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  • Leone Leoni and the Status of the Artist at the End of the Renaissance
  • Susan Nalezyty (bio)
Kelly Helmstutler Di Dio . Leone Leoni and the Status of the Artist at the End of the Renaissance. Burlington, VT: Ashgate, 2011. 250 pp. ISBN 978-0754662341, $109.95.

Kelly Helmstutler Di Dio turns our attention to a much explored art historical subject: the increased social status for Renaissance visual artists. During this time period painters and sculptors worked to elevate their standing above that of craftsmen to align themselves more closely with the liberal arts. Di Dio takes as her subject a fascinating case in point of this phenomenon: the sculptor and medalist Leone Leoni, who through a variety of strategies achieved a notable leap in status, from his humble birth as the son of a stone mason in Arezzo to his incredible rise in rank to a nobleman and courtier in Spanish-controlled Milan. This elevation in position was not an unbroken journey up the social ladder, but one interrupted by a number of criminal infractions, some of them quite violent. An important aspect of the book is that it addresses this seemingly contradictory behavior, as Leoni deliberately took pains to associate his artistic genius with his passionate vices.

Di Dio divides her book into six chapters. The first chronologically orders major events in Leoni's life, into which his works are folded, with a particular emphasis on his patrons, who financially provided for Leoni and intervened to deliver the sculptor from the consequences of his crimes. Chapter Two examines the sculptor's network, which included among others Michelangelo, Titian, Pietro Aretino, and his key advocate Antoine Perrenot de Granvelle, Charles V's and Philip II's chief advisor. Leoni's association with this articulate man, as well as his membership in the scholarly academy, the Accademia degli Fenici, promoted Leoni's reputation as learned in letters, and provided a forum in which his works could be poetically memorialized. These surviving sonnets are provided in Appendix IV. The book's third chapter focuses on the rivalry between Leoni and the sculptor Benevenuto Cellini. The two competed not only for commissions, but also physically clashed—charges once were brought against Leoni for attempted poisoning of Cellini. Both artists possessed substantial, violent criminal records, and Di Dio explores this counterproductive behavior, casting these actions in light of Renaissance notions of honor; these sculptors both attached this aspect of their promoted prowess to create exceptional metalwork with its subfield of weaponry. [End Page 543]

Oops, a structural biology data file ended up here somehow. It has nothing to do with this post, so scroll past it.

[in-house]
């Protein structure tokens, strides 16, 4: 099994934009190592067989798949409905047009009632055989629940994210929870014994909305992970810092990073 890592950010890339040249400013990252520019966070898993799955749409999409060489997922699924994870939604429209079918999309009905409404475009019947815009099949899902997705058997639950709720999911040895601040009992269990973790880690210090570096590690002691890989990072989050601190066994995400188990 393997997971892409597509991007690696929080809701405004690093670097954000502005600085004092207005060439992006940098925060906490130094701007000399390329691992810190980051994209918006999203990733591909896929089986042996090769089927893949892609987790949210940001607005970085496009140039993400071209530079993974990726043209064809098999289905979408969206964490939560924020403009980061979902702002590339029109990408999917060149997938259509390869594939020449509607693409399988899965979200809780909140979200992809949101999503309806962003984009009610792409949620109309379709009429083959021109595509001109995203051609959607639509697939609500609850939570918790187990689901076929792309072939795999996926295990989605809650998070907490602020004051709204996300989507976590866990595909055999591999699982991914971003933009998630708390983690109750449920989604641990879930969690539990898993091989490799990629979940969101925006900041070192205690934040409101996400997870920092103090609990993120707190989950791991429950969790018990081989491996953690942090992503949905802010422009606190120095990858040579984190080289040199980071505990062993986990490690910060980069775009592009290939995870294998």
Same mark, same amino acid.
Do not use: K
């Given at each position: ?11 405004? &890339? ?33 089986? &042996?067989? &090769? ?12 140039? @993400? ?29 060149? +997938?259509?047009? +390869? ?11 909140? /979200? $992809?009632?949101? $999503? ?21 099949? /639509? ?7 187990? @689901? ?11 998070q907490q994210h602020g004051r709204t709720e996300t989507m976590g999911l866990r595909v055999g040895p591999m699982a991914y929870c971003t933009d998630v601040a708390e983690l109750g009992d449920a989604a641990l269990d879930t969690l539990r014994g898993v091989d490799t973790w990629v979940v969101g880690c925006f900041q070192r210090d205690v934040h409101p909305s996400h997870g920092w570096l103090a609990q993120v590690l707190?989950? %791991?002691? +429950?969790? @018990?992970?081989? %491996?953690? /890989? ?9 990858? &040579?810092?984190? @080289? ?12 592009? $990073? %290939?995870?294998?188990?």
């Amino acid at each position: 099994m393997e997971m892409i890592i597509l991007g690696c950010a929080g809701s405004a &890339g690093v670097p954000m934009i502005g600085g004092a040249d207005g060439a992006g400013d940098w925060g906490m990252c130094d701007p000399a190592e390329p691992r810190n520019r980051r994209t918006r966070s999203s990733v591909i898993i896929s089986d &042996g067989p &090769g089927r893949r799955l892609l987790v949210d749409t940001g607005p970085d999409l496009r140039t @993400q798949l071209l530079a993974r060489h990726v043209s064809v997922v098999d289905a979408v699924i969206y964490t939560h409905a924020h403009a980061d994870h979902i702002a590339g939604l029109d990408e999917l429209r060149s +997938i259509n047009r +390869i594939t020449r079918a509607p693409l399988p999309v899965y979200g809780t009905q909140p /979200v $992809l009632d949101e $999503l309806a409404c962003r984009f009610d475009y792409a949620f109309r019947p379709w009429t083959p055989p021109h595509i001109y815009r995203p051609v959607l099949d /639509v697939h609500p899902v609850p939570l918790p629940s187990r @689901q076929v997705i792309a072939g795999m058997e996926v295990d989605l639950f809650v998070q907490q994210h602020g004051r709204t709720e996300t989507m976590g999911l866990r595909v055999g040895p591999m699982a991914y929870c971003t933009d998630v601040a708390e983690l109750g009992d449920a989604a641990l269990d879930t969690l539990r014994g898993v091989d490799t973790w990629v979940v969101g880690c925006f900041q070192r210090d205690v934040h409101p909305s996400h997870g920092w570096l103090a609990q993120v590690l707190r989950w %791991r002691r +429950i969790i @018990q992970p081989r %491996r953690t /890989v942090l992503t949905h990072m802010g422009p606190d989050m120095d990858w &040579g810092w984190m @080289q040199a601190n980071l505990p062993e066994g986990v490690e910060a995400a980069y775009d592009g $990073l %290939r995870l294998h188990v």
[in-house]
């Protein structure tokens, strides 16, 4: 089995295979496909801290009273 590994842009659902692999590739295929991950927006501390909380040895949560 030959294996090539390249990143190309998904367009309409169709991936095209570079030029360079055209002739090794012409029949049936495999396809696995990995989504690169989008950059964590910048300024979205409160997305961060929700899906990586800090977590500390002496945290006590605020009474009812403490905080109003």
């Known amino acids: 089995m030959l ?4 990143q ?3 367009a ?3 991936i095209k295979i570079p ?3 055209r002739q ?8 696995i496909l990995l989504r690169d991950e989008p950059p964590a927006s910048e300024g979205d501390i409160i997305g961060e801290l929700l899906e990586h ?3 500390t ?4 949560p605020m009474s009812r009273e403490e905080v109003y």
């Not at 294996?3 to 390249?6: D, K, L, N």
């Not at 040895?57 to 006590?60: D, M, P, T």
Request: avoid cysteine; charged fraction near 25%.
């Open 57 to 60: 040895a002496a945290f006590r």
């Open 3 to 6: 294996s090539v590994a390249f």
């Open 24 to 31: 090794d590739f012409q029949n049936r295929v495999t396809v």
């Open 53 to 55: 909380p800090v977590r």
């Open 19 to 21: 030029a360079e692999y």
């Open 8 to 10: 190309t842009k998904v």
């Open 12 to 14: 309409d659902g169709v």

The following two chapters analyze in rich detail Leoni's primary signaling site to renegotiate his social standing: his house in Milan and its contents, noted as exceptional during and after his lifetime. Using archival material and surviving physical evidence of the house, Di Dio brilliantly treats the decorative program of Leoni's home, the Casa degli Omenoni, to reveal his message to privileged visitors. This chapter clarifies the mechanics of this sculptor's strategy to promote his sophisticated knowledge of antique and contemporary sculpture and classical philosophy. The artist devised a multi-layered program via his own architectural sculpture and calculated placement of works from his collection, which promoted Stoicism, a philosophy embraced by his greatest patron, Charles V; thus his home's ornamentation announced the owner as a courtier of the Habsburg. It was in fact Charles V who bestowed this property upon Leoni. The artist renovated and enlarged this modest space with a number of well-designed additions to display his art collection, which is the focus of the fifth chapter. Contemporary accounts allude to this house's pioneering aspect as a gallery space created by a gentleman of taste, the first in Milan, rather than as an artist's workshop with casts for copying. From surviving inventories, contemporary accounts, and buyers' correspondence, Di Dio convincingly reconstructs Leoni's collection; a cross-referenced list appears as Appendix V. She applies her research to illustrate his methods of display, showing that this domestic architecture followed exhibition requirements of many three-dimensional works of antique and contemporary sculpture, casts from important collections and prominent works, as well as numerous paintings and drawings. Di Dio concludes her study...


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pp. 543-545
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